The success of many Class III Indian gaming operations in states where gaming was limited to the likes of lotteries and bingo has caused many of those states to look at expanding commercial gaming. If California officials have their way, Indian casinos in the Golden State could face competition from slot machines owned by commercial operators.
According to the Associated Press, an initiative sponsored by the state attorney general's office is in the works to legalize slots at privately owned card clubs (gaming parlors with only cards - no tables or slots) and horse tracks.
As currently proposed, the initiative would give California's 61 gaming tribes a choice. One option is to submit to compact renegotiations, under which they would be forced to "share" at least 25 percent of their profit with Sacramento. Or, they can refuse to renegotiate and continue to operate their slots. But, five horse tracks and 11 card rooms would be allowed to install their own slots, from which they would ship a hefty 33-percent cut of the profits to Sacramento.
Supporters hope to place the measure on the state-wide ballot this November; to do so, they must gather almost 600,000 signatures, representing 8 percent of the voter turnout in the 2002 election.
Proponents argue that a cut of the profits would be channeled directly into the state treasury, which faces a fiscal shortfall running well into the billions of dollars. Tracks and card parlors, which have suffered declining attendance since the establishment of Indian gaming in California, are in fervent support.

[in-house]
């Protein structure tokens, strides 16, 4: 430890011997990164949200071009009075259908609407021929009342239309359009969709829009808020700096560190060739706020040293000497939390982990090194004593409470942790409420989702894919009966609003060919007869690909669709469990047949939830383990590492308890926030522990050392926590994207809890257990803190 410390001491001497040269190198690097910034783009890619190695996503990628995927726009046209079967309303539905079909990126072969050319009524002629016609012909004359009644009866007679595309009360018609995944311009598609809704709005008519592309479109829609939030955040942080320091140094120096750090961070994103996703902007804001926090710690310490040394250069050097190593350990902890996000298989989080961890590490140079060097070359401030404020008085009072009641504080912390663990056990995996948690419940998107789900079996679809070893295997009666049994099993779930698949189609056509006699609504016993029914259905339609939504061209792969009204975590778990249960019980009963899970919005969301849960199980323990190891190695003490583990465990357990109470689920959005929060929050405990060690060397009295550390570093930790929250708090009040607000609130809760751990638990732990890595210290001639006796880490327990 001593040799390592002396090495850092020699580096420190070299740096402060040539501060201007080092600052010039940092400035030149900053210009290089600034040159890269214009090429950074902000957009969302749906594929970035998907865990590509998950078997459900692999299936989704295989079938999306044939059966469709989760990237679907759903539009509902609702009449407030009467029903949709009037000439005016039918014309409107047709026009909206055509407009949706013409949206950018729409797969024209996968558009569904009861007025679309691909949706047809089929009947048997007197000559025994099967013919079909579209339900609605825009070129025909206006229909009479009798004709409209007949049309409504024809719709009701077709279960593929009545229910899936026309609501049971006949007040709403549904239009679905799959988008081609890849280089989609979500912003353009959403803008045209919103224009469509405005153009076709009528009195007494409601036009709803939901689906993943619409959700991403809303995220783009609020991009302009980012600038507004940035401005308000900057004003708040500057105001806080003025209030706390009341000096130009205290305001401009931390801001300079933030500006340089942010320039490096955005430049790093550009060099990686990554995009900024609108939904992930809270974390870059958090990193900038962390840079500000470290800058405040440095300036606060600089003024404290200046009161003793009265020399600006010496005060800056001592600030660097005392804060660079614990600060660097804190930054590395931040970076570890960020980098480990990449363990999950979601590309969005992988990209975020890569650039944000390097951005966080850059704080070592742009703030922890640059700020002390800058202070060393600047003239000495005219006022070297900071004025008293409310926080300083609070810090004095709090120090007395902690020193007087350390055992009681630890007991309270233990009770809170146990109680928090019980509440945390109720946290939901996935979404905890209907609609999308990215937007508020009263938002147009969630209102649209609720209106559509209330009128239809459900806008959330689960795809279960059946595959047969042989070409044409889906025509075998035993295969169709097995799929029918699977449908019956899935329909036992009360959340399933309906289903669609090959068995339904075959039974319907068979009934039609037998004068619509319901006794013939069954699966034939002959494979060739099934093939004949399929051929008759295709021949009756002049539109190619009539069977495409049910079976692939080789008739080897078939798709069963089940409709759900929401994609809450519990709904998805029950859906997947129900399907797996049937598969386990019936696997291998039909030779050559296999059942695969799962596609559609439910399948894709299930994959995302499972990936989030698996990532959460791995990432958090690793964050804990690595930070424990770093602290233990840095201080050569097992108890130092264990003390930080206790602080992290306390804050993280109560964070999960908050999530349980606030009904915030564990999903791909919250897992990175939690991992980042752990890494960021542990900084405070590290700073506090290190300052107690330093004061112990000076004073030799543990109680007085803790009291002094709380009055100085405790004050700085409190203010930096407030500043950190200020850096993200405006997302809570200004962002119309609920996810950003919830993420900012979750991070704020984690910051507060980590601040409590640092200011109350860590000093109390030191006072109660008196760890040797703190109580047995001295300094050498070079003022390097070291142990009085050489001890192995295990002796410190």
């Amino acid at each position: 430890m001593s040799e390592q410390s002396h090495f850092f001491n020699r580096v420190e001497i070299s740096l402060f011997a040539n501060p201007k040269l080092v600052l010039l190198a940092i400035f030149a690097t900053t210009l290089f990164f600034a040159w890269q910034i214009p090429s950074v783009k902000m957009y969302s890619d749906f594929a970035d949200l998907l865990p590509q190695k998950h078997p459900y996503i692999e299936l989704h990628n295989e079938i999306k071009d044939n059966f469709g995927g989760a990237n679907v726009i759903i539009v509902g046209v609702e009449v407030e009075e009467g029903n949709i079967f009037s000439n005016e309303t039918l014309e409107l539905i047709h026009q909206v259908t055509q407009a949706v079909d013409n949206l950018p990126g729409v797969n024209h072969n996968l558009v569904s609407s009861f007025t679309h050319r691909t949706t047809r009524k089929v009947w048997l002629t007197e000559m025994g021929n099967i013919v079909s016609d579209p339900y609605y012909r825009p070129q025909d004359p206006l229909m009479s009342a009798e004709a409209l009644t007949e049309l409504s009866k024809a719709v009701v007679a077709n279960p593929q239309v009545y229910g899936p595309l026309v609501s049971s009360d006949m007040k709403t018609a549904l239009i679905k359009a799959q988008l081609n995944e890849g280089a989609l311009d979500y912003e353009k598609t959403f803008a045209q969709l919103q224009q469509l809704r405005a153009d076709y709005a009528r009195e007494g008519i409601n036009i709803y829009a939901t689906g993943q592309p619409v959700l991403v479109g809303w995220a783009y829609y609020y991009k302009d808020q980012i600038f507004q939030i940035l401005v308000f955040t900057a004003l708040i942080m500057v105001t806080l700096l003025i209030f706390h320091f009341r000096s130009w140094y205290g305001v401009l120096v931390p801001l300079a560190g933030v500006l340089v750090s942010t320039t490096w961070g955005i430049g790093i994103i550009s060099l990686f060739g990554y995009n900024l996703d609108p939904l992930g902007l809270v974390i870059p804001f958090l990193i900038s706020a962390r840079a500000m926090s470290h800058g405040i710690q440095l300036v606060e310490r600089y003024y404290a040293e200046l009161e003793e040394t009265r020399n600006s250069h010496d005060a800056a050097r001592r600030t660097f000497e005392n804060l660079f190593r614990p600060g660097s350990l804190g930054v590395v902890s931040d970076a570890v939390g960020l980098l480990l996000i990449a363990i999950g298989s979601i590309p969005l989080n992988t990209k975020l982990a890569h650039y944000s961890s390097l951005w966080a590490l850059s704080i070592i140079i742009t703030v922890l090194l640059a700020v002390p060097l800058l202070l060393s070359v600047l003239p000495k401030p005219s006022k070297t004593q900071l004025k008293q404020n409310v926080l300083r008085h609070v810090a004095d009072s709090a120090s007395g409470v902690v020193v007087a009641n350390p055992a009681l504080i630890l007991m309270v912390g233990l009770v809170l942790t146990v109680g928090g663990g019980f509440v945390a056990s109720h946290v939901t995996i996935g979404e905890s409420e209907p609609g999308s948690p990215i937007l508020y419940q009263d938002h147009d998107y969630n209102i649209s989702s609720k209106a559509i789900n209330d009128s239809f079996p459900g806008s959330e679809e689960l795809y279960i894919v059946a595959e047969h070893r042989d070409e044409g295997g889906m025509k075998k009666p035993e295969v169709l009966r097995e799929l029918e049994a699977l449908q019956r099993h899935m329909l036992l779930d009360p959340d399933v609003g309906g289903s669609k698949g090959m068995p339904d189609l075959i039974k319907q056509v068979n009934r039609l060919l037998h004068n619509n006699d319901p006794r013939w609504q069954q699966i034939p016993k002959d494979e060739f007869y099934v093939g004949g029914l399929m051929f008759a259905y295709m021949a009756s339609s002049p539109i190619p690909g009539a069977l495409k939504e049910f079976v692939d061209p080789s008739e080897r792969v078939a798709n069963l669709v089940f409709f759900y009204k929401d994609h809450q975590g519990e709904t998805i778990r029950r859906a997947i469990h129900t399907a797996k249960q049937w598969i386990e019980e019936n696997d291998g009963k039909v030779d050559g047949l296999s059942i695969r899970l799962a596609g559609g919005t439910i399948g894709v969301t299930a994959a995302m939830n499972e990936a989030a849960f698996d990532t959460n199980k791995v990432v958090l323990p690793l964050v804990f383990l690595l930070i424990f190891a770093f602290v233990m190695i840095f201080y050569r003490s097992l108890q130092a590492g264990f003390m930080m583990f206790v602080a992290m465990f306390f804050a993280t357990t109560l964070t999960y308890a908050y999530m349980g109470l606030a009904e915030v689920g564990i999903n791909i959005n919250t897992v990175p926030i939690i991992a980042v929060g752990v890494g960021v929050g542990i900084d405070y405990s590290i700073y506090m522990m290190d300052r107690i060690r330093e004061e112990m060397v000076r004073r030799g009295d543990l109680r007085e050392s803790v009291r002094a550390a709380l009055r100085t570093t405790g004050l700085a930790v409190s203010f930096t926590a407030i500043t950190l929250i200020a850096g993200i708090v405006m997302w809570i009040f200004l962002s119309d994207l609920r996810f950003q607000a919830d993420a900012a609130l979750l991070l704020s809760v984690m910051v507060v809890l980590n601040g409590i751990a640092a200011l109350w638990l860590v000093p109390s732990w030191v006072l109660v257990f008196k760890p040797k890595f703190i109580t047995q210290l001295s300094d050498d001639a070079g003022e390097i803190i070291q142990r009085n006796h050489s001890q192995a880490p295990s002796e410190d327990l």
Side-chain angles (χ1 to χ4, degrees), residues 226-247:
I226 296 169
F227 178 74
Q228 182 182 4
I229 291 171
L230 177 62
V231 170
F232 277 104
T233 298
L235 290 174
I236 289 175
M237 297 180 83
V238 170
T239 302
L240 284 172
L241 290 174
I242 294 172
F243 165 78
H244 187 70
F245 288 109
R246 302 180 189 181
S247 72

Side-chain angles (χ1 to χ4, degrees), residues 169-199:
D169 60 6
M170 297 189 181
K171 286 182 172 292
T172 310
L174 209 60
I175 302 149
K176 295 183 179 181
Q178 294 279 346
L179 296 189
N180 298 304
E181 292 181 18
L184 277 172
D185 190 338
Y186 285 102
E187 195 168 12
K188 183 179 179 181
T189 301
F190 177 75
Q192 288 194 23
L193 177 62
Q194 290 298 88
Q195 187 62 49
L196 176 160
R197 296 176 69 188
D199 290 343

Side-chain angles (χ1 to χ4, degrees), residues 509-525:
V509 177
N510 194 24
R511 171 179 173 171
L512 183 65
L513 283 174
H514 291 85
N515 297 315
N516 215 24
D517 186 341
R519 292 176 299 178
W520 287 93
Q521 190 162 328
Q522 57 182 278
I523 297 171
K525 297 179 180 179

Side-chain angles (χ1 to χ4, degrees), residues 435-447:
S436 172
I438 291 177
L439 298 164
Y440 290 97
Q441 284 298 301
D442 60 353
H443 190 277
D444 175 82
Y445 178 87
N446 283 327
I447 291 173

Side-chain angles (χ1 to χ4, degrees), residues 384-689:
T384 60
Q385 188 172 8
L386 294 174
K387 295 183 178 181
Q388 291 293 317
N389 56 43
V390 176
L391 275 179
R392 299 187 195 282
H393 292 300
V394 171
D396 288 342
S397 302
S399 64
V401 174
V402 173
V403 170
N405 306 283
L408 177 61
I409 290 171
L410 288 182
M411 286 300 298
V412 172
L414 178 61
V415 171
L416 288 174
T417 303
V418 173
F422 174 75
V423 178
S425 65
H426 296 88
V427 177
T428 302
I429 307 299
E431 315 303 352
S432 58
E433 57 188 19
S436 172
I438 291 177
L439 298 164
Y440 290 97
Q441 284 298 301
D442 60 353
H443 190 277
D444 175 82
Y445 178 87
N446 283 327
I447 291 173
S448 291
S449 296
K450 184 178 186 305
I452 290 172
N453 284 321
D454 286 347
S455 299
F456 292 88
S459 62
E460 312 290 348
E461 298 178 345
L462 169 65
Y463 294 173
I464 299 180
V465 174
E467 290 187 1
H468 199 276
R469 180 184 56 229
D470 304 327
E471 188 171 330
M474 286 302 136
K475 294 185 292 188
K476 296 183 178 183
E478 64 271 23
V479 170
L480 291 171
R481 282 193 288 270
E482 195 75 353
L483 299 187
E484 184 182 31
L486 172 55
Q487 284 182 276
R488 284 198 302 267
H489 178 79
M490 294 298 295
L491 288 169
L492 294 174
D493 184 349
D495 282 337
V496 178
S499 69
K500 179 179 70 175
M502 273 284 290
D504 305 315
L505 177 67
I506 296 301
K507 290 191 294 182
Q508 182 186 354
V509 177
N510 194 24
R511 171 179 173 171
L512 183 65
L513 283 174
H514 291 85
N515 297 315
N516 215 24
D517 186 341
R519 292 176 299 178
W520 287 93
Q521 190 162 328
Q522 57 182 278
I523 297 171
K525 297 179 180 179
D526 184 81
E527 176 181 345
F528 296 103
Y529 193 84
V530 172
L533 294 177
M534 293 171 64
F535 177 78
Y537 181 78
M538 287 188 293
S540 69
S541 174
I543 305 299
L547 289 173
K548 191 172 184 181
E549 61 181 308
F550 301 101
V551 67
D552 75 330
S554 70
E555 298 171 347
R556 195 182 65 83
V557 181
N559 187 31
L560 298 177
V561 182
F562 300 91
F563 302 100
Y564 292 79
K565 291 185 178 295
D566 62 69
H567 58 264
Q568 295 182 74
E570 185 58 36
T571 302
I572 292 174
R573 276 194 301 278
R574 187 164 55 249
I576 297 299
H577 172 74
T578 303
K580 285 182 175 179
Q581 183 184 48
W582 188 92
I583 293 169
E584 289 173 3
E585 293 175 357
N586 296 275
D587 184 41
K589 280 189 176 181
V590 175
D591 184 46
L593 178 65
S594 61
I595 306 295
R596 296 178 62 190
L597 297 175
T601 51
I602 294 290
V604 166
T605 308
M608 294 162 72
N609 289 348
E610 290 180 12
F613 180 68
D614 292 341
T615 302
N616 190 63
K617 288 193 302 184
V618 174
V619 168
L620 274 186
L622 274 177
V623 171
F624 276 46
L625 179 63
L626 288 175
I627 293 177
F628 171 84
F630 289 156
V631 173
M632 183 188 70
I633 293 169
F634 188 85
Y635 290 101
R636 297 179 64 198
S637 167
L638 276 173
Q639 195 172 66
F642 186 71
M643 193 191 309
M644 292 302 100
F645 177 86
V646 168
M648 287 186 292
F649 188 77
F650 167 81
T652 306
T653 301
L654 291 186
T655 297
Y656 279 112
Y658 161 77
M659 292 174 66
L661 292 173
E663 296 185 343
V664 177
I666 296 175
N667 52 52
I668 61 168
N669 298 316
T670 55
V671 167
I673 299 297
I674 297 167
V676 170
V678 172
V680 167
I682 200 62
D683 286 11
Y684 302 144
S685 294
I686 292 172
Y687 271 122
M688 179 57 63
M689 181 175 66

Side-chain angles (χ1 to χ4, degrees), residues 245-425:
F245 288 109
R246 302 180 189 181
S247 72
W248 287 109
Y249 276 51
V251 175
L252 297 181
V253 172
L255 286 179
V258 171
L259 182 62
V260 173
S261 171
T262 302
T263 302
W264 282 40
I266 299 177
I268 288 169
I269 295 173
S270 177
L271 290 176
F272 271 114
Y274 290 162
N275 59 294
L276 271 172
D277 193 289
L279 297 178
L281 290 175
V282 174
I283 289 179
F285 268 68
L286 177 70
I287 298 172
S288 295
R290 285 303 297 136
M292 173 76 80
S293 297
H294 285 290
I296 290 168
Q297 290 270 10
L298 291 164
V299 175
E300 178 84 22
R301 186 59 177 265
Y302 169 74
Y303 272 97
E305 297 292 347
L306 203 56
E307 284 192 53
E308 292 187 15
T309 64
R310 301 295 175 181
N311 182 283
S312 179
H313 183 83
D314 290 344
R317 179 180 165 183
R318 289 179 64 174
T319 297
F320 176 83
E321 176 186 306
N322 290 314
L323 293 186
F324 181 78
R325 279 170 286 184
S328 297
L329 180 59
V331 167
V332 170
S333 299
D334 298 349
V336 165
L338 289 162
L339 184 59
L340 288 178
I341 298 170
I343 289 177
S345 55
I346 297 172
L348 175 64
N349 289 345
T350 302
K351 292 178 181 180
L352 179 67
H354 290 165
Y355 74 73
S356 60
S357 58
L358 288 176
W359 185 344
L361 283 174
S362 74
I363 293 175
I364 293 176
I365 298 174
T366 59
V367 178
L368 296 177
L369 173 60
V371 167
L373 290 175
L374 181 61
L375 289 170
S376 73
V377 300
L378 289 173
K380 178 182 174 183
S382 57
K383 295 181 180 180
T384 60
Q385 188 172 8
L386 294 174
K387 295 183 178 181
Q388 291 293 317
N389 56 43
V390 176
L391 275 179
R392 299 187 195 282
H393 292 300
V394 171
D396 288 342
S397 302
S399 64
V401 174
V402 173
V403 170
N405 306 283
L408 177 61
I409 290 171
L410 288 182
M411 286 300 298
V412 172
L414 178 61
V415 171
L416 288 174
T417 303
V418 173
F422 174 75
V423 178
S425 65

Tribal representatives, of course, are decidedly unhappy with the idea and are reportedly considering a lawsuit if the measure is placed on the ballot.
Indian gaming in California is conducted under a 20-year overall compact dating from March 2000. Under its terms, slot machine counts (the number of slots in operation at a particular site) and environmental impact concerns are the only two specific issues that may be renegotiated. Tribes are of course free to renegotiate specific provisions of the compact as their particular situation may dictate.
The real question is what's in it for the tribes to renegotiate? Current law says that they don't have to and their contributions to California's economy are already significant.
California's Indian casinos contribute some $130 million annually to a pair of state-administered funds - one for the benefit of non-gaming tribes and the other to both mitigate the impact of casinos on local infrastructures and communities and to pay regulatory costs. (California is the only state in which tribes to pay into such funds.)
Indian gaming in California employs over 40,000 people who pay some $400 million in federal, state and local taxes, according to the California Nations Indian Gaming Association. Add to that the business given to contractors, vendors, consultants and others, all of whom pay taxes and most of whom employ many other people.
The Indian Gaming Regulatory Act was never meant to create a revenue stream for state governments. Yet the idea of revenue sharing developed as a way to compensate a state for granting a particular right or privilege associated with gaming (not gaming itself) to an Indian nation. As things have evolved, the "privileges" that make the most sense for tribes to pay for are exclusivity and time.